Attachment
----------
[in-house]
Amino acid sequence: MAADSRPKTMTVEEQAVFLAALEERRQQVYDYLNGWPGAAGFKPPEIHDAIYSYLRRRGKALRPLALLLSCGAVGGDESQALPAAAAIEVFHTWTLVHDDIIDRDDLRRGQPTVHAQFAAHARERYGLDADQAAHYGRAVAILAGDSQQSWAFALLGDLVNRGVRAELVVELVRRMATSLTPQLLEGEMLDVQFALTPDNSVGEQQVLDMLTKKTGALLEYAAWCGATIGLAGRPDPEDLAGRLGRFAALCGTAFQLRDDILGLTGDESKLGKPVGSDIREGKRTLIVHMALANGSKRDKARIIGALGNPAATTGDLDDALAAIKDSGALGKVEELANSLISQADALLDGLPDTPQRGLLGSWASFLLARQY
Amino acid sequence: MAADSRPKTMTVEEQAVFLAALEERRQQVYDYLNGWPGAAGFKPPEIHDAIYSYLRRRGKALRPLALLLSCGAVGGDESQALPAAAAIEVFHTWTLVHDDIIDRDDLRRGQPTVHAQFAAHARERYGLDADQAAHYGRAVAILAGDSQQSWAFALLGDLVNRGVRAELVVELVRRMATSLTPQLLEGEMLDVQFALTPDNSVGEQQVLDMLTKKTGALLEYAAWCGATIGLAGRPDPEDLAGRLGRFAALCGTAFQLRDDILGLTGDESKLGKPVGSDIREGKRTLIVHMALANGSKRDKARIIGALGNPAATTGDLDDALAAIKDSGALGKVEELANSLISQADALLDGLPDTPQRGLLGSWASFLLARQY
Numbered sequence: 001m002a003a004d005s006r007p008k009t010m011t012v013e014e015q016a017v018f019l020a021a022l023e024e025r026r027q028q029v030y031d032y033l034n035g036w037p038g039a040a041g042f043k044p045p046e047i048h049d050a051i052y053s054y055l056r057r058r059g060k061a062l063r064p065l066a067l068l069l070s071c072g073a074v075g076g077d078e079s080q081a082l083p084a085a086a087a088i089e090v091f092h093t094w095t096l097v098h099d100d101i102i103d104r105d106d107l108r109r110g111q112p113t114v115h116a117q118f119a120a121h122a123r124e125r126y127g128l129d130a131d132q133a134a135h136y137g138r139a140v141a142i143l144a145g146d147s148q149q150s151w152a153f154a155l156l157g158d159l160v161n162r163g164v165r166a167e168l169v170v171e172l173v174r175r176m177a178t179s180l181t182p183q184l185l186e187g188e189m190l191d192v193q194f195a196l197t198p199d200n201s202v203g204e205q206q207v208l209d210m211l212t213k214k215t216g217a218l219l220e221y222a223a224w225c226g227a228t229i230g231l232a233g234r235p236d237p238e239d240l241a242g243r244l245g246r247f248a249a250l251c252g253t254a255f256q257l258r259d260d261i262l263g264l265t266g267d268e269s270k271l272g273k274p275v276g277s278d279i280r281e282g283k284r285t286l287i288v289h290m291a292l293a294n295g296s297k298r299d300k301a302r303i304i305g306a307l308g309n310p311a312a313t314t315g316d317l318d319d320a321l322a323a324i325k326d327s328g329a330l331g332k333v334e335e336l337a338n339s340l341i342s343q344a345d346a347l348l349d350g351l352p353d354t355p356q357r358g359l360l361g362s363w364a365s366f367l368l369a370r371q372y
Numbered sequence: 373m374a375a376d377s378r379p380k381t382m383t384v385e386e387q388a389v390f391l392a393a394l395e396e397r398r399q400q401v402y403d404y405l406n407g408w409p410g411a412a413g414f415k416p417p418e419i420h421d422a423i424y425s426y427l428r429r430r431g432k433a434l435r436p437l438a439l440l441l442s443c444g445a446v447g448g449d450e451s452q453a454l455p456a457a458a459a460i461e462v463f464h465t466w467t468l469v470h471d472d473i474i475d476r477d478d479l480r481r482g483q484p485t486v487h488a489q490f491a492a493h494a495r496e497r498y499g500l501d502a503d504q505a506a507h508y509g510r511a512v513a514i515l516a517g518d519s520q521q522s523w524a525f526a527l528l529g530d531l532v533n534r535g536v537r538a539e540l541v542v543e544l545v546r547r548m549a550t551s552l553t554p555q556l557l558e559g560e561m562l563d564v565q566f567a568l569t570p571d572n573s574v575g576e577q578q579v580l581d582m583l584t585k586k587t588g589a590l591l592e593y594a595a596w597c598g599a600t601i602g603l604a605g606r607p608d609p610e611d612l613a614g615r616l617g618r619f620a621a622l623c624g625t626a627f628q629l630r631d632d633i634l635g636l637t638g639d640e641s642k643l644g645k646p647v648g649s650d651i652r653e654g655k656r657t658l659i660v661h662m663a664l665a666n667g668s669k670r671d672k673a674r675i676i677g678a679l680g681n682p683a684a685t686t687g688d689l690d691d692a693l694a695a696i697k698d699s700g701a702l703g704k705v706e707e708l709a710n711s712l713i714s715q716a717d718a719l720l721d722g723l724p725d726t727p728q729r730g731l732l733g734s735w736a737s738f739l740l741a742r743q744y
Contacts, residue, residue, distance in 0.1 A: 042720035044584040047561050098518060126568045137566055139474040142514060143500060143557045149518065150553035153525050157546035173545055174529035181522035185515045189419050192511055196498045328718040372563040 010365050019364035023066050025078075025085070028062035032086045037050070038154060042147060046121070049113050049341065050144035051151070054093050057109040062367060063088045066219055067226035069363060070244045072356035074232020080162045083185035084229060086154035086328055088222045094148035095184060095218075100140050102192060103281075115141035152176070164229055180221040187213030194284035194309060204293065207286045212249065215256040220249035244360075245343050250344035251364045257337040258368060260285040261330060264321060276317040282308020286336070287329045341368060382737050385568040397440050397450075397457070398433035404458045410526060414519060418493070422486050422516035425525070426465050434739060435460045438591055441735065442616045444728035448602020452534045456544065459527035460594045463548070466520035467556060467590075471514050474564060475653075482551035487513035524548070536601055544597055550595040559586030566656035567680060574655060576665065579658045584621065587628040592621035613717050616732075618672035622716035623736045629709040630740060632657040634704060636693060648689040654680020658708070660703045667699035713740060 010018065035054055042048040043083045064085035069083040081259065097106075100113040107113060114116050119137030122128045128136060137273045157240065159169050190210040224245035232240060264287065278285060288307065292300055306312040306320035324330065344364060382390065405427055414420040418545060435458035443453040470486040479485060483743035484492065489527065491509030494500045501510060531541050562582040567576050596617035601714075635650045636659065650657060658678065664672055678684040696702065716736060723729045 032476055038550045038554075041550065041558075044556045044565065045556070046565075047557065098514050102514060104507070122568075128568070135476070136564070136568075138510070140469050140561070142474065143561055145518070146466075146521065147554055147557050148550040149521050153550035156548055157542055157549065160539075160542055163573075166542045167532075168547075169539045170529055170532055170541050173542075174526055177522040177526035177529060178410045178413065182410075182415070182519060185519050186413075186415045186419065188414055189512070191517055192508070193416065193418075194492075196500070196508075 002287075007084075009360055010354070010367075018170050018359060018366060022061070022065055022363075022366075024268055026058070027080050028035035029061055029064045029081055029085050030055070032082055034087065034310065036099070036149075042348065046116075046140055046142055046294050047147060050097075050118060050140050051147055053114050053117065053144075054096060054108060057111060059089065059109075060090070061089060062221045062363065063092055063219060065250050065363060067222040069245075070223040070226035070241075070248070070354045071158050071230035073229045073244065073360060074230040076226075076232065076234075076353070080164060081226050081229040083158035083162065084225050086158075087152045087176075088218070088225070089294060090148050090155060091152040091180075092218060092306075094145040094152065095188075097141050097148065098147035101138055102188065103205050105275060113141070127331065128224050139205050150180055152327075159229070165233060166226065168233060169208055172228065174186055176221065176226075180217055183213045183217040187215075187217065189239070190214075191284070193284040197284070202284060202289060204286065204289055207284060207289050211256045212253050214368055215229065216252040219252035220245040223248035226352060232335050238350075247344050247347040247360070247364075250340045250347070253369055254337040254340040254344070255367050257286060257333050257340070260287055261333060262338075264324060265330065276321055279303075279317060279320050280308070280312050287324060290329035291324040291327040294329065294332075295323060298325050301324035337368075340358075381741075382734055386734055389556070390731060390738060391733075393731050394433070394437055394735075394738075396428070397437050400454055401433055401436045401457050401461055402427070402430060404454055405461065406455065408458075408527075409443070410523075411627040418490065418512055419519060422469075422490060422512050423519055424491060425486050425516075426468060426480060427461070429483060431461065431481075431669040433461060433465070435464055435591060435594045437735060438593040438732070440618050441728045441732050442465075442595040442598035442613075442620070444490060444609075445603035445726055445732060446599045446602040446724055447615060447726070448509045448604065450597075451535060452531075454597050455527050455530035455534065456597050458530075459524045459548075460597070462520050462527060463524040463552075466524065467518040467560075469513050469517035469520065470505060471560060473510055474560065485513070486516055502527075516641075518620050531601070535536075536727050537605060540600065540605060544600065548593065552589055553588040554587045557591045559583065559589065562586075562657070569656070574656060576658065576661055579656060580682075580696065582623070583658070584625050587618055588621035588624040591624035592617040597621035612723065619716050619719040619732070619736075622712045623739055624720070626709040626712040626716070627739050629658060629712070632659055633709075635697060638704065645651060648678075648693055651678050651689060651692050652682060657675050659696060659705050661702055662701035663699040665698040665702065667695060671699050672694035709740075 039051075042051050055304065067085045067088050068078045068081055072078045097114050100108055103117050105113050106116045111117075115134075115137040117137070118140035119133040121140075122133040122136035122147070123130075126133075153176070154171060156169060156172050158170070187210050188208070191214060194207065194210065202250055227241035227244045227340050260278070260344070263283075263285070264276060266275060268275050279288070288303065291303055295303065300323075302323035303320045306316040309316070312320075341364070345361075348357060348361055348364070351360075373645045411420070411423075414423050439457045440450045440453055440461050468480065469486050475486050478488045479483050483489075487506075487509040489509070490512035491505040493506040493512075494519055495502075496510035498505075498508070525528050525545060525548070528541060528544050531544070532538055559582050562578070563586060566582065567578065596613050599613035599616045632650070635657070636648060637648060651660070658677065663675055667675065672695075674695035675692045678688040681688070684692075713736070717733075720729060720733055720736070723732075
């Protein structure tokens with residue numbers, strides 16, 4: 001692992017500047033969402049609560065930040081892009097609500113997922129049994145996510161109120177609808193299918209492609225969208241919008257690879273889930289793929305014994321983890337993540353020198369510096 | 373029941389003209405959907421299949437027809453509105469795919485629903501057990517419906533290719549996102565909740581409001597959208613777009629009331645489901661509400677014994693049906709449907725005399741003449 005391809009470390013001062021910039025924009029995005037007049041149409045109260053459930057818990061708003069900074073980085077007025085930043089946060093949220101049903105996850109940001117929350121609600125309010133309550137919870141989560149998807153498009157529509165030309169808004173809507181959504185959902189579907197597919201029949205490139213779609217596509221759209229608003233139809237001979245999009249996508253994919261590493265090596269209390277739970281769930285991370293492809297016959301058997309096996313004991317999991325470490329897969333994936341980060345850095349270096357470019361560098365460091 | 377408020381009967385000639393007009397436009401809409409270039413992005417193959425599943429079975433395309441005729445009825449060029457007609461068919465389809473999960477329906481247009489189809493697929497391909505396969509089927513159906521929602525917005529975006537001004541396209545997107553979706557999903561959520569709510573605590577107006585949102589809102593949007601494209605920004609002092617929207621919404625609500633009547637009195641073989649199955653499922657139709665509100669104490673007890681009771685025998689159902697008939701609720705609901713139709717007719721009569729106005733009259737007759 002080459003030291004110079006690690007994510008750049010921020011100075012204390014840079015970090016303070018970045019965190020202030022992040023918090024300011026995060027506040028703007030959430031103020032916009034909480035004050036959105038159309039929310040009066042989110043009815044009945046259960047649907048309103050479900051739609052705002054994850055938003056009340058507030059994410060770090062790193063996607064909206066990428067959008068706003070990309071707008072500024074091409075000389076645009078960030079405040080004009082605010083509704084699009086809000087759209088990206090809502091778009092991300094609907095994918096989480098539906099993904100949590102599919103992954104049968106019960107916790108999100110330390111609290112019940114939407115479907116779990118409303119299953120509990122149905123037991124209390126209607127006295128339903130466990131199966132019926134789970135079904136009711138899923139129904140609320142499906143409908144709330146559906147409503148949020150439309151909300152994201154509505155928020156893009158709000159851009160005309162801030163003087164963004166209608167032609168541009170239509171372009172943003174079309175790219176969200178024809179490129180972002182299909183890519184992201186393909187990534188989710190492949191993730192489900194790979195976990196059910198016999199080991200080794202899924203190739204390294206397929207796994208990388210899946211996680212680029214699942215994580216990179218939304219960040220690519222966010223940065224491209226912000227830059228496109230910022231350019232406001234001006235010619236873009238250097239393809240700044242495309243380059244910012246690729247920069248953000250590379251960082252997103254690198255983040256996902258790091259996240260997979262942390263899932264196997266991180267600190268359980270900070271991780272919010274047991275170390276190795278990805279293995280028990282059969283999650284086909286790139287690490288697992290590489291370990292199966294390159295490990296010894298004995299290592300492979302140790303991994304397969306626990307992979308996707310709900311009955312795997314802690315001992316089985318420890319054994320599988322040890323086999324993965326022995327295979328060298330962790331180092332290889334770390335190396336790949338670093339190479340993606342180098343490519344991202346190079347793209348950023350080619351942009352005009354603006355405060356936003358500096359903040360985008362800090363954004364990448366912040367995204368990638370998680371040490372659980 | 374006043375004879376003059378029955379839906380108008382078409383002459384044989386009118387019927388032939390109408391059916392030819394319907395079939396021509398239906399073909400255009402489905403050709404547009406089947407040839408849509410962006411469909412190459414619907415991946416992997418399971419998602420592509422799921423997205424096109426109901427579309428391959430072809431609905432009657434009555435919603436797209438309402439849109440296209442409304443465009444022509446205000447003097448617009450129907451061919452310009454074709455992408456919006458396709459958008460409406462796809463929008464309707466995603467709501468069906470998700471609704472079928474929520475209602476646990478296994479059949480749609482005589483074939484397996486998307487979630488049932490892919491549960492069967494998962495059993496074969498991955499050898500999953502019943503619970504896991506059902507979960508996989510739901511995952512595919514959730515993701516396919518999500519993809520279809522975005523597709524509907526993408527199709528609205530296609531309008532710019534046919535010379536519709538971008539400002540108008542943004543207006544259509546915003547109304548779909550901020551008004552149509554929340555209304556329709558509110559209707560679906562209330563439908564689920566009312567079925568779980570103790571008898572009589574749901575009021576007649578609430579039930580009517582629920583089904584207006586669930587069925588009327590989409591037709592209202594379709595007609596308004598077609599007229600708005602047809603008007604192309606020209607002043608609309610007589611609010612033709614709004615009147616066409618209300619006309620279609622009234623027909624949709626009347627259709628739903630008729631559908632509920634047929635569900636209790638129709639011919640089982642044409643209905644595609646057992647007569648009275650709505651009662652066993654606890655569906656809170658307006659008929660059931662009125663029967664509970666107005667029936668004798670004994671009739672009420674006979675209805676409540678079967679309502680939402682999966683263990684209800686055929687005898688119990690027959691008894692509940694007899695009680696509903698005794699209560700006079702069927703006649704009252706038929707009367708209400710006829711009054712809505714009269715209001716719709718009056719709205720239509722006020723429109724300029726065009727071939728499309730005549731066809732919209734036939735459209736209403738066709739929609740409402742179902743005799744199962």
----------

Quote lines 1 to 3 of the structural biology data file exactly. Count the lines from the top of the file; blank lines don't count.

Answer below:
[in-house]
Amino acid sequence: MAADSRPKTMTVEEQAVFLAALEERRQQVYDYLNGWPGAAGFKPPEIHDAIYSYLRRRGKALRPLALLLSCGAVGGDESQALPAAAAIEVFHTWTLVHDDIIDRDDLRRGQPTVHAQFAAHARERYGLDADQAAHYGRAVAILAGDSQQSWAFALLGDLVNRGVRAELVVELVRRMATSLTPQLLEGEMLDVQFALTPDNSVGEQQVLDMLTKKTGALLEYAAWCGATIGLAGRPDPEDLAGRLGRFAALCGTAFQLRDDILGLTGDESKLGKPVGSDIREGKRTLIVHMALANGSKRDKARIIGALGNPAATTGDLDDALAAIKDSGALGKVEELANSLISQADALLDGLPDTPQRGLLGSWASFLLARQY
Amino acid sequence: MAADSRPKTMTVEEQAVFLAALEERRQQVYDYLNGWPGAAGFKPPEIHDAIYSYLRRRGKALRPLALLLSCGAVGGDESQALPAAAAIEVFHTWTLVHDDIIDRDDLRRGQPTVHAQFAAHARERYGLDADQAAHYGRAVAILAGDSQQSWAFALLGDLVNRGVRAELVVELVRRMATSLTPQLLEGEMLDVQFALTPDNSVGEQQVLDMLTKKTGALLEYAAWCGATIGLAGRPDPEDLAGRLGRFAALCGTAFQLRDDILGLTGDESKLGKPVGSDIREGKRTLIVHMALANGSKRDKARIIGALGNPAATTGDLDDALAAIKDSGALGKVEELANSLISQADALLDGLPDTPQRGLLGSWASFLLARQY